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A Brief History of Verdant Works

Set at the heart of one of Dundee’s oldest industrial areas, our award-winning Verdant Works museum is truly a step back in time; housed in a beautiful A-listed jute mill sympathetically brought back to life by Dundee Heritage Trust. Where better to learn the story of Dundee’s jute trade; its global connections; its pioneering figures; and the lives of the people who worked through the city’s Juteopolis era.

Opening in 1996 following five years of renovation by the Trust, Verdant Works has delighted visitors from near and far, young and old for decades, allowing them to walk through the mill’s offices, its machine hall – whilst seeing and hearing the looms, drawing and roving machines – and to marvel at the grandeur of our High Mill. In this blog, we’ll explore the fascinating history of our Verdant Works building and its people alongside looking to its future as a green museum for the 21st century.

Industrial History

Given its name for the abundance of greenery and nature that surrounded the mill, Verdant Works began to take shape in 1833, when the High Mill area was built for David Lindsay; a merchant and flaxspinner. By 1863, additional buildings such as warehouses, batching areas and offices were constructed and, Verdant Works looked almost as it does today.

Records from 1864 tell us that within the site of Verdant Works, there were three steam engines driven by the Scouring Burn, running 70 power looms and 2,800 spindles.

Verdant Works letterhead illustration

Working conditions in mills across Scotland were unimaginable in this day and age. Long hours amongst dangerous machines with little to no health and safety precautions were endured by thousands of people, working for minimum wage and living in poverty and battling ‘mill fever’, which often lead to respiratory diseases like bronchitis.

Women outnumbered men three to one in the mills, earning our city of Discovery the nickname of ‘she town’.

Group of women workers, ca. 1900 (DUNIH 2014.8)

Despite becoming one of the industrial powerhouses of Dundee’s Juteopolis days – in which an estimated 50,000 families in the city relied on jute production for their livelihoods – Verdant Works ceased production and later fell off the register of mills in Dundee in 1889.

20th Century

During the 1900s, under ownership of Alexander Thomson & Sons, Verdant Works was used as a site for recycling jute waste built up as a result of the city’s thriving factories; to cure rabbit skins; and to deal in scrap metal.

Letter sent to A. Thomson & Sons in 1973 regarding scrap metal (DUNIH 2016.14)


Following its formation in 1985 with the objective of preserving and portraying Dundee’s rich heritage in ways that educate, inspire and enlighten current and future generations, Dundee Heritage Trust purchased (the then derelict) Verdant Works in 1991 and began a sympathetic refurbishment of this courtyard type mill, continually guided by the use of appropriate historic materials and methods where possible.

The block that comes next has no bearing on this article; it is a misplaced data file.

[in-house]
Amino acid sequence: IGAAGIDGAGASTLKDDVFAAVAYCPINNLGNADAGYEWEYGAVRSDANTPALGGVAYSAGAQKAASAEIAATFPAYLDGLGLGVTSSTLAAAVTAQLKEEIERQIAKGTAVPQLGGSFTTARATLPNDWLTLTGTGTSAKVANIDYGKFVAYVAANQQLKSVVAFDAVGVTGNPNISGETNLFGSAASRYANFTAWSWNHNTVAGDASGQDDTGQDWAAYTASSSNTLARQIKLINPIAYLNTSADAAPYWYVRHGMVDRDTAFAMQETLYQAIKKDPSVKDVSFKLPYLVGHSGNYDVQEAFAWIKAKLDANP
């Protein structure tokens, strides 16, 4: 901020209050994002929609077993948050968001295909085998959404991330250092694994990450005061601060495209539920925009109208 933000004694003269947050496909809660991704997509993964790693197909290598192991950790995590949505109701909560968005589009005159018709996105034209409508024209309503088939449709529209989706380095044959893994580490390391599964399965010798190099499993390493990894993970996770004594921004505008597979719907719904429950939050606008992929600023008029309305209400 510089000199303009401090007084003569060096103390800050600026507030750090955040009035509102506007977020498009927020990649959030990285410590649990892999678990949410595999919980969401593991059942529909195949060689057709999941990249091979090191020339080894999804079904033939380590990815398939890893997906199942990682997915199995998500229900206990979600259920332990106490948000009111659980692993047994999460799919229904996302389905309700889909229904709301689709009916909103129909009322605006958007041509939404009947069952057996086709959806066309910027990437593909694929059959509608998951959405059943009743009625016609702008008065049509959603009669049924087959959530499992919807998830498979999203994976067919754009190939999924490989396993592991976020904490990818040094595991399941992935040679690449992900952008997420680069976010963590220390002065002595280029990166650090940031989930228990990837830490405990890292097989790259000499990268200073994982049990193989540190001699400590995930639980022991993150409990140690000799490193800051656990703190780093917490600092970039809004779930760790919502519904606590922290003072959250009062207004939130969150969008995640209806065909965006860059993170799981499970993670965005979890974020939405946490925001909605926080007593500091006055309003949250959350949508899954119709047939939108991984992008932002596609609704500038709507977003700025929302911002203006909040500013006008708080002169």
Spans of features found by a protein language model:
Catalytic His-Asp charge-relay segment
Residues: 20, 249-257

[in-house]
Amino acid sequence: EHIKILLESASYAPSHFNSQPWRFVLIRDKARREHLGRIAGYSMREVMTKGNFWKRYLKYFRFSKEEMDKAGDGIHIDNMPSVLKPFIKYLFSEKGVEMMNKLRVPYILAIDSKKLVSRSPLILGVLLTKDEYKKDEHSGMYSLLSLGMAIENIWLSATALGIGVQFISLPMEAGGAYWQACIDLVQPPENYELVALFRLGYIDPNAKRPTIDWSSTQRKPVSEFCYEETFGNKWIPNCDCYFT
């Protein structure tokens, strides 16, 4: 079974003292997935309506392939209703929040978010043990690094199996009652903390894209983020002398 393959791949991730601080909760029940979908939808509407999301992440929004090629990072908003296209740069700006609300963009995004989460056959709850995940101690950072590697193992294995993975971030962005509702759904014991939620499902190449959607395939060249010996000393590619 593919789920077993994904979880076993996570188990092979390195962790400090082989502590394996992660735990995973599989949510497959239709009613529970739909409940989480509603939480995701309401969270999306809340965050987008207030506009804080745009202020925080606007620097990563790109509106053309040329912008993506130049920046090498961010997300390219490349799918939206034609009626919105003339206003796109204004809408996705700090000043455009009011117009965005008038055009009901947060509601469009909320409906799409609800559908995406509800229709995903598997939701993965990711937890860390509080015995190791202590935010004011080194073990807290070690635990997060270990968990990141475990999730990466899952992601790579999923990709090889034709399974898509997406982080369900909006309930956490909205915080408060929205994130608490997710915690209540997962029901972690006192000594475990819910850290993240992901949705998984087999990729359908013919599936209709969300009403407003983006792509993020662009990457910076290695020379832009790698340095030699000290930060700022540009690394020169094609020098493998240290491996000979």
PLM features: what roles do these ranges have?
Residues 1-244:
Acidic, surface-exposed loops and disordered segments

In 1996, Verdant Works was officially opened to the public as Scotland’s jute museum, forming a large part of Dundee Heritage Trust’s two Recognised Collections of National Significance and delighting visitors of all ages, whilst crucially highlighting the highs and lows of Dundee’s industrial past; sharing its story to new generations of learners and visitors every day.

A space used to showcase machinery; the Boulton and Watt steam engine; to host events and weddings; and for inspiring future generations, our High Mill was opened to the public in 2015 following restoration.

High Mill

Looking to the future

Alongside its purpose as a museum and galleries, Verdant Works provides a backdrop for learning, community events, friendships, partnerships, artists and the bringing together of people from all over the world.

As we look to the future of our beloved Verdant Works, a new industrial revolution is afoot. Green technology is changing the way we live and work, and has the potential to make life better and fairer for everyone. But how can we harness it? And how can we make sure no-one gets left behind?

Our machines all run on electricity today – meaning we don’t have to burn coal to demonstrate to our learners and visitors how these magnificent machines worked in the past.

But because so much of our building is old, we are still powered in many places by gas; a fossil fuel which, when burned, releases carbon dioxide and other harmful gases into the atmosphere.

By replacing the gas heating in our Machine Hall with a low-carbon electric solution, our new heating project aims to save nearly a tonne of greenhouse gases every year – the same as 11 flights from Edinburgh to Stornoway! – and will help us keep this space warm for learners and visitors as they get to know the story of the mill from industrial powerhouse to a green museum for the  21st century from our enthusiastic volunteers and award-winning education tours and workshops.

And, by installing the same system in our beautiful but sadly underused High Mill, we will open up entirely new opportunities for green community activities, exhibitions, and events involving the whole community.

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